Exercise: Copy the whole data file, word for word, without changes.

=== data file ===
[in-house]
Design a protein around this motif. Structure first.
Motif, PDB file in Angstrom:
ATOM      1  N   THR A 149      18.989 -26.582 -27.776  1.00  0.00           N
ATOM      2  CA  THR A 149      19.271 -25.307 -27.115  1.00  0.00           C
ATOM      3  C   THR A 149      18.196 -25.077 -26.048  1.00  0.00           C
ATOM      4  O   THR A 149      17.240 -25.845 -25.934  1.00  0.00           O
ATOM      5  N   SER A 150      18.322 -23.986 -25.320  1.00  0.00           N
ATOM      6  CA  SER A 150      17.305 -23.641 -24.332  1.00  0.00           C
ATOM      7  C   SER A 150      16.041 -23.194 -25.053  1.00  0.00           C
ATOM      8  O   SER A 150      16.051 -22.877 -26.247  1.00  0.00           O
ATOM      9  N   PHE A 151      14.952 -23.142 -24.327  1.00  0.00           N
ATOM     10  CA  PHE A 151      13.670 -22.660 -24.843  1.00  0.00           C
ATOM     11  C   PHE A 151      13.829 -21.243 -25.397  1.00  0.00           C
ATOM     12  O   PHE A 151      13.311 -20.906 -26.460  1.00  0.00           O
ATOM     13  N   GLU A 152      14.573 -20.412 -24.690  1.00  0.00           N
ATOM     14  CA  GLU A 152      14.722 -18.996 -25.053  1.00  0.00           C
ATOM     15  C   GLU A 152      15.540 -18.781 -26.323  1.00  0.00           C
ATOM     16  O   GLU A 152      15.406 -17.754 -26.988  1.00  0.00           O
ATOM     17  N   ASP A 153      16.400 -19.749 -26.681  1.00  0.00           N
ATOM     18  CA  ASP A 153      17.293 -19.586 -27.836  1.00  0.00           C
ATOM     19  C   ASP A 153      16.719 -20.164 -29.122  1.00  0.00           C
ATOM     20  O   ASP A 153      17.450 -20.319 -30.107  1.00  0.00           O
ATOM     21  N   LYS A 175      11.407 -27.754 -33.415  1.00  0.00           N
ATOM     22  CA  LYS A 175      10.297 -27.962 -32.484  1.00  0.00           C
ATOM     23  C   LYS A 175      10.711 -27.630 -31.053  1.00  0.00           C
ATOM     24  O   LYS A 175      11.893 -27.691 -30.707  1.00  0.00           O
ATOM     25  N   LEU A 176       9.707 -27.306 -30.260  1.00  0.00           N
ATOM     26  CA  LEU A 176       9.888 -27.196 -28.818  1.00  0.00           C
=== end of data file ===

[in-house]
Design a protein around this motif. Structure first.
Motif, PDB file in Angstrom:
ATOM      1  N   THR A 149      18.989 -26.582 -27.776  1.00  0.00           N
ATOM      2  CA  THR A 149      19.271 -25.307 -27.115  1.00  0.00           C
ATOM      3  C   THR A 149      18.196 -25.077 -26.048  1.00  0.00           C
ATOM      4  O   THR A 149      17.240 -25.845 -25.934  1.00  0.00           O
ATOM      5  N   SER A 150      18.322 -23.986 -25.320  1.00  0.00           N
ATOM      6  CA  SER A 150      17.305 -23.641 -24.332  1.00  0.00           C
ATOM      7  C   SER A 150      16.041 -23.194 -25.053  1.00  0.00           C
ATOM      8  O   SER A 150      16.051 -22.877 -26.247  1.00  0.00           O
ATOM      9  N   PHE A 151      14.952 -23.142 -24.327  1.00  0.00           N
ATOM     10  CA  PHE A 151      13.670 -22.660 -24.843  1.00  0.00           C
ATOM     11  C   PHE A 151      13.829 -21.243 -25.397  1.00  0.00           C
ATOM     12  O   PHE A 151      13.311 -20.906 -26.460  1.00  0.00           O
ATOM     13  N   GLU A 152      14.573 -20.412 -24.690  1.00  0.00           N
ATOM     14  CA  GLU A 152      14.722 -18.996 -25.053  1.00  0.00           C
ATOM     15  C   GLU A 152      15.540 -18.781 -26.323  1.00  0.00           C
ATOM     16  O   GLU A 152      15.406 -17.754 -26.988  1.00  0.00           O
ATOM     17  N   ASP A 153      16.400 -19.749 -26.681  1.00  0.00           N
ATOM     18  CA  ASP A 153      17.293 -19.586 -27.836  1.00  0.00           C
ATOM     19  C   ASP A 153      16.719 -20.164 -29.122  1.00  0.00           C
ATOM     20  O   ASP A 153      17.450 -20.319 -30.107  1.00  0.00           O
ATOM     21  N   LYS A 175      11.407 -27.754 -33.415  1.00  0.00           N
ATOM     22  CA  LYS A 175      10.297 -27.962 -32.484  1.00  0.00           C
ATOM     23  C   LYS A 175      10.711 -27.630 -31.053  1.00  0.00           C
ATOM     24  O   LYS A 175      11.893 -27.691 -30.707  1.00  0.00           O
ATOM     25  N   LEU A 176       9.707 -27.306 -30.260  1.00  0.00           N
ATOM     26  CA  LEU A 176       9.888 -27.196 -28.818  1.00  0.00           C